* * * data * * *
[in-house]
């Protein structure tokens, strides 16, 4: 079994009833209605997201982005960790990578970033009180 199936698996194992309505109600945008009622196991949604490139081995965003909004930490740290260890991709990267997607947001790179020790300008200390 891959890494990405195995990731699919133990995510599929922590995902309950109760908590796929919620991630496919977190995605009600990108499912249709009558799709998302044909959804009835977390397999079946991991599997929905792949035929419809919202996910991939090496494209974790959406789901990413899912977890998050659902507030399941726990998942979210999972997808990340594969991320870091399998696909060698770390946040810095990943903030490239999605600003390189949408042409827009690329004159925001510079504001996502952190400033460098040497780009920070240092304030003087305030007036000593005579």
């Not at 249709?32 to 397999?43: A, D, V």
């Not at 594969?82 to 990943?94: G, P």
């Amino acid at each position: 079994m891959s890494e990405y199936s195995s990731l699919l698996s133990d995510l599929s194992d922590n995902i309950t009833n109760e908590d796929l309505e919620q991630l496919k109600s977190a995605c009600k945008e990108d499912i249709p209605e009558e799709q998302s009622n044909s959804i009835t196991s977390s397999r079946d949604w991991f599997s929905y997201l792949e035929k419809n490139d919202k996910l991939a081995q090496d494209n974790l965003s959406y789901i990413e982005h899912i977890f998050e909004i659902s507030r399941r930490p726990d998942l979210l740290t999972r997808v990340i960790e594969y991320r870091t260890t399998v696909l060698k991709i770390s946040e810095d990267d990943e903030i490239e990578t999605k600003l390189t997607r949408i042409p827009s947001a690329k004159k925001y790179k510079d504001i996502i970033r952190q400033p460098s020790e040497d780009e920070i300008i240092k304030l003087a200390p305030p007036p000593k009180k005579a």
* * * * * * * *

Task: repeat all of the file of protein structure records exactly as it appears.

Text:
[in-house]
């Protein structure tokens, strides 16, 4: 079994009833209605997201982005960790990578970033009180 199936698996194992309505109600945008009622196991949604490139081995965003909004930490740290260890991709990267997607947001790179020790300008200390 891959890494990405195995990731699919133990995510599929922590995902309950109760908590796929919620991630496919977190995605009600990108499912249709009558799709998302044909959804009835977390397999079946991991599997929905792949035929419809919202996910991939090496494209974790959406789901990413899912977890998050659902507030399941726990998942979210999972997808990340594969991320870091399998696909060698770390946040810095990943903030490239999605600003390189949408042409827009690329004159925001510079504001996502952190400033460098040497780009920070240092304030003087305030007036000593005579």
């Not at 249709?32 to 397999?43: A, D, V």
């Not at 594969?82 to 990943?94: G, P």
């Amino acid at each position: 079994m891959s890494e990405y199936s195995s990731l699919l698996s133990d995510l599929s194992d922590n995902i309950t009833n109760e908590d796929l309505e919620q991630l496919k109600s977190a995605c009600k945008e990108d499912i249709p209605e009558e799709q998302s009622n044909s959804i009835t196991s977390s397999r079946d949604w991991f599997s929905y997201l792949e035929k419809n490139d919202k996910l991939a081995q090496d494209n974790l965003s959406y789901i990413e982005h899912i977890f998050e909004i659902s507030r399941r930490p726990d998942l979210l740290t999972r997808v990340i960790e594969y991320r870091t260890t399998v696909l060698k991709i770390s946040e810095d990267d990943e903030i490239e990578t999605k600003l390189t997607r949408i042409p827009s947001a690329k004159k925001y790179k510079d504001i996502i970033r952190q400033p460098s020790e040497d780009e920070i300008i240092k304030l003087a200390p305030p007036p000593k009180k005579a």